These people are nice, warm and open people. I’d say be their friend.

To be clear, the OP describes a closed, polyfidelity relationship. They’re not going to invite anyone to “share.”

people in poly relationships do it in a fashion that fits them, very customized. some have well defined limits, rules and process to follow when dealing with people in relationships and in outing (which would affect friendships or having guests over in the case of live-in poly). live-in is different from an occasional primary/secondary poly style.

you can be friends with one or more it seems like. also seems that they have put a lot of care, thought and negotiation into developing what seems to be a successful poly life. the right people doing poly in a style that fits them can be healthy, productive, life-giving.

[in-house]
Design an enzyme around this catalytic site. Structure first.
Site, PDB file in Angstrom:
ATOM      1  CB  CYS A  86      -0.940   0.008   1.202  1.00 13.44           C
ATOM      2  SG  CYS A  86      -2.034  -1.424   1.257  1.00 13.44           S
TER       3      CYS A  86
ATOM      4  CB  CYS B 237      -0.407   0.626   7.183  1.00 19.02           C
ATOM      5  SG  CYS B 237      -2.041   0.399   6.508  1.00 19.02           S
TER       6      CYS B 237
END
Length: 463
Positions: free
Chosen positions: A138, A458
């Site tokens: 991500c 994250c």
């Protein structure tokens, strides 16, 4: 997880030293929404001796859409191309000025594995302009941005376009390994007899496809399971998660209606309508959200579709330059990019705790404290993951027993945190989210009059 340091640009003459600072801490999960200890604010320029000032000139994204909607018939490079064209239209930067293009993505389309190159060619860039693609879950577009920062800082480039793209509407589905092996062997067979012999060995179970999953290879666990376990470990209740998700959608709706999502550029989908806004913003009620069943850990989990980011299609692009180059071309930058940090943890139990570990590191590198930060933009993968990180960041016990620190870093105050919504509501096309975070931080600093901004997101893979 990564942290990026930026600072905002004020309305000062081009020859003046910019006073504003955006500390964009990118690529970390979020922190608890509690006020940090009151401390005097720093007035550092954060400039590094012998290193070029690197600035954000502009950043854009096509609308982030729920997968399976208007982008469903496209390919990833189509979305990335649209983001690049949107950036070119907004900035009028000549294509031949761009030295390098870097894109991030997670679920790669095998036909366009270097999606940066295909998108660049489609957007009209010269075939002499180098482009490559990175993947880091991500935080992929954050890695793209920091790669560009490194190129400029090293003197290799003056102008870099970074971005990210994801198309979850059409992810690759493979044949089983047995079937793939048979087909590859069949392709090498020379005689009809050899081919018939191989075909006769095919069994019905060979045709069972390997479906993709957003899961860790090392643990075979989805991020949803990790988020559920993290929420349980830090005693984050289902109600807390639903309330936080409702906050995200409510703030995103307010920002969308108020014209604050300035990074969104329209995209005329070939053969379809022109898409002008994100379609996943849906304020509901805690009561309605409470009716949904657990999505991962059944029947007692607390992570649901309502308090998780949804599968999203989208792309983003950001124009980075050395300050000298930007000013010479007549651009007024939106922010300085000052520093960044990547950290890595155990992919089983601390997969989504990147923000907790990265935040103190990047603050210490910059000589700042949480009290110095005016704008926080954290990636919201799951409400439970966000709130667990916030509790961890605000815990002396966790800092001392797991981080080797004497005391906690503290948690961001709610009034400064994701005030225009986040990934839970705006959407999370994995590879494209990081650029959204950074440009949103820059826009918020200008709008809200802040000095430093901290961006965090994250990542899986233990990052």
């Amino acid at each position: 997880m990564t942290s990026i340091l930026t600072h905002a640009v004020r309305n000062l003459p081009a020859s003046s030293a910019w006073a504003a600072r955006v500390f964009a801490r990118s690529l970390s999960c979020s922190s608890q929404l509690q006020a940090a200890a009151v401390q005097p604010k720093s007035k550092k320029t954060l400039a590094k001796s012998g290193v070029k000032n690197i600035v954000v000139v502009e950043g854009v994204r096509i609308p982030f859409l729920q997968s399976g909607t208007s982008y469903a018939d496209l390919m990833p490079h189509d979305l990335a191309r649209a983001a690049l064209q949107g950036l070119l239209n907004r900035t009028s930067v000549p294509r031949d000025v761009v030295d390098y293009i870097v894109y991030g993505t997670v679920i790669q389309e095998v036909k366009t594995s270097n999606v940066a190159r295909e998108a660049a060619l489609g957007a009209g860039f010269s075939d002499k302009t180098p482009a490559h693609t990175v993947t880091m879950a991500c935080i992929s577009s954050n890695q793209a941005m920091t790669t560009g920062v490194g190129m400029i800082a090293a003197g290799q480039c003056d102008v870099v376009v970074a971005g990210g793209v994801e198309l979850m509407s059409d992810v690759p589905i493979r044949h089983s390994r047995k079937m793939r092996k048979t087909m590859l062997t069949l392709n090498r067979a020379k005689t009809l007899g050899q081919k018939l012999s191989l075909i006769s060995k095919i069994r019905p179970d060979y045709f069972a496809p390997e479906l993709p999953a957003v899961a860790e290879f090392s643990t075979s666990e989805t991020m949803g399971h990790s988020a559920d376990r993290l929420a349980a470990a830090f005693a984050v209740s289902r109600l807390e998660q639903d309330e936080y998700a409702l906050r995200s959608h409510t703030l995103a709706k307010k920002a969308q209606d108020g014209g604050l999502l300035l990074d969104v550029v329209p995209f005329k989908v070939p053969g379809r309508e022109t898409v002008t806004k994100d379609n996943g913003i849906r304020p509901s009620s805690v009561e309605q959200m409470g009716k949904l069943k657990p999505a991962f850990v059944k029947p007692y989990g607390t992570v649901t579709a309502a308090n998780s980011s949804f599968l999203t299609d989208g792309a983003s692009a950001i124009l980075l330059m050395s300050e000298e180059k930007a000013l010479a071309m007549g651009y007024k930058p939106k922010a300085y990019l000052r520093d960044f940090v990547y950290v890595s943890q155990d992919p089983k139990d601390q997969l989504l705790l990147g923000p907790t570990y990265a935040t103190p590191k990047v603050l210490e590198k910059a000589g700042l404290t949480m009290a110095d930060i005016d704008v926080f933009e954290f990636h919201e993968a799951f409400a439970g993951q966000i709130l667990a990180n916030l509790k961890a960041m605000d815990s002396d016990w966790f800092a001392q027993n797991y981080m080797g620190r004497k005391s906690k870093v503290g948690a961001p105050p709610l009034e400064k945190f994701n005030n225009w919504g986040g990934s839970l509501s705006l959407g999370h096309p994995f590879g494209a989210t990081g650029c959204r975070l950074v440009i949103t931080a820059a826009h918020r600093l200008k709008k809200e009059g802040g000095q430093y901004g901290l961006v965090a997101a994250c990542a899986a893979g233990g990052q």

they have selectively let you know details of their relationship.

Of course I’d accept. I’ve know a few people like that; it didn’t bother me.

If I were friendly with them prior to learning about their lives, why wouldn’t I continue being their friend? I might be a little bit jealous, though.

Personally, I suspect that an arrangement like that wouldn’t work for the vast majority of people: Human irrationality would cause it to fall apart. But if they’re willing to try to make it work, that’s their business, not mine, and I wish them well. And it has no relevance whatsoever to my relationship with any of them.

And what’s with “Carol” in one of the poll choices?

I can’t see any reason at all why I wouldn’t be friends with them. Hell, I’ve been in a poly relationship myself, so it’d be a bit hypocritical, but even if it weren’t for that, their relationship simply wouldn’t enter my mind as a reason not to continue the friendship.